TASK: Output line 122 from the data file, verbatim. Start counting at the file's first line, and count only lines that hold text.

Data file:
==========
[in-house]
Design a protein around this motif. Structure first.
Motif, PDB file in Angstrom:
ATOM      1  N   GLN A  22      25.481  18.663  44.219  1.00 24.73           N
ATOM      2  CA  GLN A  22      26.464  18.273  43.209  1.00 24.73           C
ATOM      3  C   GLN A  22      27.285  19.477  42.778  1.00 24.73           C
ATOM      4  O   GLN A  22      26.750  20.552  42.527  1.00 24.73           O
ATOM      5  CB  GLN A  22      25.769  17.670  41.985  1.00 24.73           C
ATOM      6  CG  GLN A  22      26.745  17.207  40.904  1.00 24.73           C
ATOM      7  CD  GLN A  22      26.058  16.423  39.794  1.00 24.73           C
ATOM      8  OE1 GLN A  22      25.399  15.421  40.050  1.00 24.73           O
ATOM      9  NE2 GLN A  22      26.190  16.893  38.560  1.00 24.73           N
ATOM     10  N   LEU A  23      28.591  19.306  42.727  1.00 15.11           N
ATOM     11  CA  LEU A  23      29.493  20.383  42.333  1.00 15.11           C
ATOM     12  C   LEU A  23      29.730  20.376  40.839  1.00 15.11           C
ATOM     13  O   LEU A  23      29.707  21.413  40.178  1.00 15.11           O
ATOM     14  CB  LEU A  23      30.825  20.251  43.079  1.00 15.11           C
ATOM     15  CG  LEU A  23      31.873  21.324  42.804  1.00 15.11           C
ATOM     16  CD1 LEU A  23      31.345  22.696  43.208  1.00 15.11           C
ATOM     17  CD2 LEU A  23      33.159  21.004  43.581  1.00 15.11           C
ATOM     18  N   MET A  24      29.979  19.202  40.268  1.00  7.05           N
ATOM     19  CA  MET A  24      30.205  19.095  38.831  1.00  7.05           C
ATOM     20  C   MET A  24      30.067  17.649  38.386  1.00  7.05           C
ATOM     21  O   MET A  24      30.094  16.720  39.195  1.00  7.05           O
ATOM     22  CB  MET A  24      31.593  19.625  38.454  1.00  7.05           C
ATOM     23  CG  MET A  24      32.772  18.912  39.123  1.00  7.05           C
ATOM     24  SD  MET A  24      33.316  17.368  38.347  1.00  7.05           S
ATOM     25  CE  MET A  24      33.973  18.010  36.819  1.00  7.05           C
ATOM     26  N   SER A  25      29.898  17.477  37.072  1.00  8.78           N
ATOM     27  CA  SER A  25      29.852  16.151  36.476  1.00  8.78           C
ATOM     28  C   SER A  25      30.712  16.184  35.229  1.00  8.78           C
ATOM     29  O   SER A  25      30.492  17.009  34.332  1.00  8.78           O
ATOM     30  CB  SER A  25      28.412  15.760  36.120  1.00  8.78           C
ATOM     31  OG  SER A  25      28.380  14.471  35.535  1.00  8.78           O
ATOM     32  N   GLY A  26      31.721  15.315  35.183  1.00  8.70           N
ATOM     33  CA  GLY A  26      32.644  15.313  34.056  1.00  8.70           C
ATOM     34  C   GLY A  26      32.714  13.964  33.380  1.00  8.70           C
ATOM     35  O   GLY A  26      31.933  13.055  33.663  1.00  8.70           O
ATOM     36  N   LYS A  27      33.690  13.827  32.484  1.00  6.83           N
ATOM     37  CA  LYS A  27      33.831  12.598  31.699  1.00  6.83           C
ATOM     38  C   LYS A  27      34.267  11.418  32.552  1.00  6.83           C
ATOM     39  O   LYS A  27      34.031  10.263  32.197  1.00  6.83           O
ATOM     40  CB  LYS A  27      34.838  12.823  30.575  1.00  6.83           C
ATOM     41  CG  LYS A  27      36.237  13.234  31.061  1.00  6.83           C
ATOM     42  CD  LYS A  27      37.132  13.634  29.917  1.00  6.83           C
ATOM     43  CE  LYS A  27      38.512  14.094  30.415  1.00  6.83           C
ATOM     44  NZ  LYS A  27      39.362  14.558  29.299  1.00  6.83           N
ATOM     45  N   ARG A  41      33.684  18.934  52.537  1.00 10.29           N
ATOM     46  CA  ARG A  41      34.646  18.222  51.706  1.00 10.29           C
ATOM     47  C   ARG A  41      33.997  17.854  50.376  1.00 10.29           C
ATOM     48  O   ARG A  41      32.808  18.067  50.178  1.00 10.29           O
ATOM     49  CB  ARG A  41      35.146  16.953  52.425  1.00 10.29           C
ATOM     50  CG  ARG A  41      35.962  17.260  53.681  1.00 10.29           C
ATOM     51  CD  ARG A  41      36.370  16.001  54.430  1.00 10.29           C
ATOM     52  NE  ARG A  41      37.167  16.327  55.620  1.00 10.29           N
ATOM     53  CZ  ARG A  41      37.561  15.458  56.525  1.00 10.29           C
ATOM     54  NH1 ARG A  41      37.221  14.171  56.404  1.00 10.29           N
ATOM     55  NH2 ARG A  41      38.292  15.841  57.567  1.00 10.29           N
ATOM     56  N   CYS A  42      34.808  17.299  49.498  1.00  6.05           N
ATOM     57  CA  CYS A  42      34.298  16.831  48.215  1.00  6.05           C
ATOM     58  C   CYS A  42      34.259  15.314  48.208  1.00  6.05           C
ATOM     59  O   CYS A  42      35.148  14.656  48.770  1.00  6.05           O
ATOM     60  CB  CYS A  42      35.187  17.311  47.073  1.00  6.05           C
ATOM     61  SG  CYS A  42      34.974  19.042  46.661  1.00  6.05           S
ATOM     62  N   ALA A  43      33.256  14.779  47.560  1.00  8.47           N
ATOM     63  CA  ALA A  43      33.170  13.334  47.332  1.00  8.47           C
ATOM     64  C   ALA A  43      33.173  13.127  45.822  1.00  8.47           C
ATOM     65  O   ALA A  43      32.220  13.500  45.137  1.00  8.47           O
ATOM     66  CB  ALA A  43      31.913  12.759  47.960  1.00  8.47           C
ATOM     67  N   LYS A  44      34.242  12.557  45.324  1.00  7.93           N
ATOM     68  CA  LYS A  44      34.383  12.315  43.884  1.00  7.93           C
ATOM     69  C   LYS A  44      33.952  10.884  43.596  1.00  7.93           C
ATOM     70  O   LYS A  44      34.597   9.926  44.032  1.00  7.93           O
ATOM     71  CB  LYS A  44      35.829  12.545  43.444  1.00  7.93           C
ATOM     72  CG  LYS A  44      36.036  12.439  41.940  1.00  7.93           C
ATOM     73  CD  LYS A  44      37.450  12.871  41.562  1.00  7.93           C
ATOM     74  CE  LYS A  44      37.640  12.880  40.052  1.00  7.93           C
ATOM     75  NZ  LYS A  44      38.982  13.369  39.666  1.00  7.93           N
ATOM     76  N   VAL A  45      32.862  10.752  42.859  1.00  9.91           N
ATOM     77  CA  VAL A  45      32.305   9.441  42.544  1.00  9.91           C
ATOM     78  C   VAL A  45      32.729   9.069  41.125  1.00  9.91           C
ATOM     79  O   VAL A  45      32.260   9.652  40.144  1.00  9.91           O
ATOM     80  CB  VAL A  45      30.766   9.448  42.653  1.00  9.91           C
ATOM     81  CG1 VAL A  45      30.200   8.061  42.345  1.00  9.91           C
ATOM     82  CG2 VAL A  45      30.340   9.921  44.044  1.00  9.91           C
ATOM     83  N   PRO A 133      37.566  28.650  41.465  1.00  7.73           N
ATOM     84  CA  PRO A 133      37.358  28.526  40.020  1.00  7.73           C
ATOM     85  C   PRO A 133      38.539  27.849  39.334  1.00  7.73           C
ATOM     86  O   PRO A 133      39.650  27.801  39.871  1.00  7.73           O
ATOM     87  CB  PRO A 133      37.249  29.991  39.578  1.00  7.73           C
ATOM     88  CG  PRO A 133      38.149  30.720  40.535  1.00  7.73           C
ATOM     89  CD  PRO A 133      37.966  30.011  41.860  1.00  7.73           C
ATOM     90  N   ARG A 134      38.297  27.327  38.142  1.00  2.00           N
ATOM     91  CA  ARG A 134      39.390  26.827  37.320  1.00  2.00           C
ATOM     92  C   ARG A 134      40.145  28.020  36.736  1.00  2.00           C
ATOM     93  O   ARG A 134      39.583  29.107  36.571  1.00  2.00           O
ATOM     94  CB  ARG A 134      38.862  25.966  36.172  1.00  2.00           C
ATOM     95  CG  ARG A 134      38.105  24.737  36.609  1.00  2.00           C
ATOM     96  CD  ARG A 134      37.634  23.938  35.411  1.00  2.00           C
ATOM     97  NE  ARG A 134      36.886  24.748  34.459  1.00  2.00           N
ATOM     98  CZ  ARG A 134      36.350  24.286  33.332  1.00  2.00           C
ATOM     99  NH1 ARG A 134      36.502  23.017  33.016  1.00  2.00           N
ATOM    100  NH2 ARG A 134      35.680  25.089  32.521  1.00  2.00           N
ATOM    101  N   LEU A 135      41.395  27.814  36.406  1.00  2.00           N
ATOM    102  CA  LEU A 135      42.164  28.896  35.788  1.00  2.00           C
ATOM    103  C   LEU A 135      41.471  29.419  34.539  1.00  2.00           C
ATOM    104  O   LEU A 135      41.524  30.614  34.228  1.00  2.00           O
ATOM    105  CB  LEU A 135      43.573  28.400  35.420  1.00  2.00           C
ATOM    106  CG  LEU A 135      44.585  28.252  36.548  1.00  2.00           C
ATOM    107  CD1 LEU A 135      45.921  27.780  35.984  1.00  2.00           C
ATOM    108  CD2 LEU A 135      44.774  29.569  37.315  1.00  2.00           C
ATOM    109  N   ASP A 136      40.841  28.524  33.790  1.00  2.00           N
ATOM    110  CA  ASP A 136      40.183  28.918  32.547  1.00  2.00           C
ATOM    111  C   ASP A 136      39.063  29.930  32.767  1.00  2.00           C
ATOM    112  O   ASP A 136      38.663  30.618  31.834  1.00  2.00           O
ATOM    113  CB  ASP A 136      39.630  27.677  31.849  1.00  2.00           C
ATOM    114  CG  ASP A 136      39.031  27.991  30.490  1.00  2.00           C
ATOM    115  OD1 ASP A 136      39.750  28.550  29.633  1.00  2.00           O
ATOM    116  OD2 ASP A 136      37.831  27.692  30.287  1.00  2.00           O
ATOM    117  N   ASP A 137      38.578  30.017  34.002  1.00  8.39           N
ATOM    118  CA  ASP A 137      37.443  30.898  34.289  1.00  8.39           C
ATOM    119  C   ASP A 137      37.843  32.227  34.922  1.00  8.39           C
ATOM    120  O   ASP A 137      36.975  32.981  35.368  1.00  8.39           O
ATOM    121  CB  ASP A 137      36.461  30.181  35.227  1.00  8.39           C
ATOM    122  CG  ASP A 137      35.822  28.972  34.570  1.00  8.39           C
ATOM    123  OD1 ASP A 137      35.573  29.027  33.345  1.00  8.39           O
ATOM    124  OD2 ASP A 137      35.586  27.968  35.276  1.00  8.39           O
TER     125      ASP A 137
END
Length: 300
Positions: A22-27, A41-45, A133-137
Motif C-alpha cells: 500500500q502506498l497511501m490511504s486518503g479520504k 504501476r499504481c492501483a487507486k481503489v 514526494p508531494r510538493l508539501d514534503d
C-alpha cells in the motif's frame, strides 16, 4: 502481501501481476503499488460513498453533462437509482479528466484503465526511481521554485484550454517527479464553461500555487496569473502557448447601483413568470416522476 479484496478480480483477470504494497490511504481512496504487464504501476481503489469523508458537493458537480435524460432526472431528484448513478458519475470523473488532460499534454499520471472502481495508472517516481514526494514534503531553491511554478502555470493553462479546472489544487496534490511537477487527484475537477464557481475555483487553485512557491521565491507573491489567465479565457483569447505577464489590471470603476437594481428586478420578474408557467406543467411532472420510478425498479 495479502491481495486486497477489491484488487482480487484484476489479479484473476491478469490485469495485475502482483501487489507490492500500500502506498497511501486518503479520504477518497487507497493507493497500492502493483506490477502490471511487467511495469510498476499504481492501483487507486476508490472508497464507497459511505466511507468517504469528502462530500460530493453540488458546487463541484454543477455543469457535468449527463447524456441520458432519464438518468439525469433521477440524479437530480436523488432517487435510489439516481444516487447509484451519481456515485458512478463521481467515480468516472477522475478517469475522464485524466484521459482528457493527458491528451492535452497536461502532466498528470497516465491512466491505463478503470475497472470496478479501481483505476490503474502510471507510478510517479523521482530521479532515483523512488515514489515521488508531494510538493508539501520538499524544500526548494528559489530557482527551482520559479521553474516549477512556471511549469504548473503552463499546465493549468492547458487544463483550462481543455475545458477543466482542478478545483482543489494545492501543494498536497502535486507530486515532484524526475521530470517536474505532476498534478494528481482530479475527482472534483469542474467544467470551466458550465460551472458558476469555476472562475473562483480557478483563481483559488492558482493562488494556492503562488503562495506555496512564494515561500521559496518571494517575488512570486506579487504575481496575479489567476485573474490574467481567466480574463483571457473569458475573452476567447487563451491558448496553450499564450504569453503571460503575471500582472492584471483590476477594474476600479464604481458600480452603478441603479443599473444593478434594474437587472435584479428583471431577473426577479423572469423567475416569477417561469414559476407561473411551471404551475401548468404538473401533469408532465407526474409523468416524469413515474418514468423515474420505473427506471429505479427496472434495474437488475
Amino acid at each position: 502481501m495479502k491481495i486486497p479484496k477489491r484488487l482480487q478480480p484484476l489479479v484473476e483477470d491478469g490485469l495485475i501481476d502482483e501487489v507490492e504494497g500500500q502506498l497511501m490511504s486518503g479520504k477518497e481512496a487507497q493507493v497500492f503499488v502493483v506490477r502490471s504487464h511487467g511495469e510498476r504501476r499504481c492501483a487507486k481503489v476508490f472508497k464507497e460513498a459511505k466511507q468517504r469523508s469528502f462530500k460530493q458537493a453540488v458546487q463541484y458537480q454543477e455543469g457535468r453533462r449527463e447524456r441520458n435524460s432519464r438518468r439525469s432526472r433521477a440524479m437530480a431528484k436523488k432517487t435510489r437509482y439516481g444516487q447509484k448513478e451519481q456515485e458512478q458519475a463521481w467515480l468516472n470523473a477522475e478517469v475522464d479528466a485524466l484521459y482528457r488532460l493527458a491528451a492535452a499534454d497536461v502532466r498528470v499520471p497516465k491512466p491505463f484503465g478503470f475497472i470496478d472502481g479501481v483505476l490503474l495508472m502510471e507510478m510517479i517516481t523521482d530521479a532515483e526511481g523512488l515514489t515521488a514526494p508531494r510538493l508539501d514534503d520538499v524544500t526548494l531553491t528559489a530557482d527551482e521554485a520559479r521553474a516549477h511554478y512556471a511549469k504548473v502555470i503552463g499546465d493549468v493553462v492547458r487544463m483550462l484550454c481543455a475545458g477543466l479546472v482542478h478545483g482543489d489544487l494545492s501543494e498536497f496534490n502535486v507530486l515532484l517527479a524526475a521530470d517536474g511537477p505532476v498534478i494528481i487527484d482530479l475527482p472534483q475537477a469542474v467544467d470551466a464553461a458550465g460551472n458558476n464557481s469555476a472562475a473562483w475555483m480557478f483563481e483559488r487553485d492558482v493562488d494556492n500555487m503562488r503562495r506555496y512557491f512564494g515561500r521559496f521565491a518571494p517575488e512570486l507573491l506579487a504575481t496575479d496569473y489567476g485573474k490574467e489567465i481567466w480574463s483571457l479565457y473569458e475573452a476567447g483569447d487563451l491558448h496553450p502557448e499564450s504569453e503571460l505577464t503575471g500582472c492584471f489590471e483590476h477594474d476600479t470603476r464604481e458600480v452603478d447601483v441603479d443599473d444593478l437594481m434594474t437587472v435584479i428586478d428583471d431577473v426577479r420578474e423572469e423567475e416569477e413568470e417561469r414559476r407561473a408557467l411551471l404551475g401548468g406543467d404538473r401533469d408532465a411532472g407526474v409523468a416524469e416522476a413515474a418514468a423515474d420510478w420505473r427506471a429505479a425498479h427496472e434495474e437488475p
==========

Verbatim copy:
ATOM    119  C   ASP A 137      37.843  32.227  34.922  1.00  8.39           C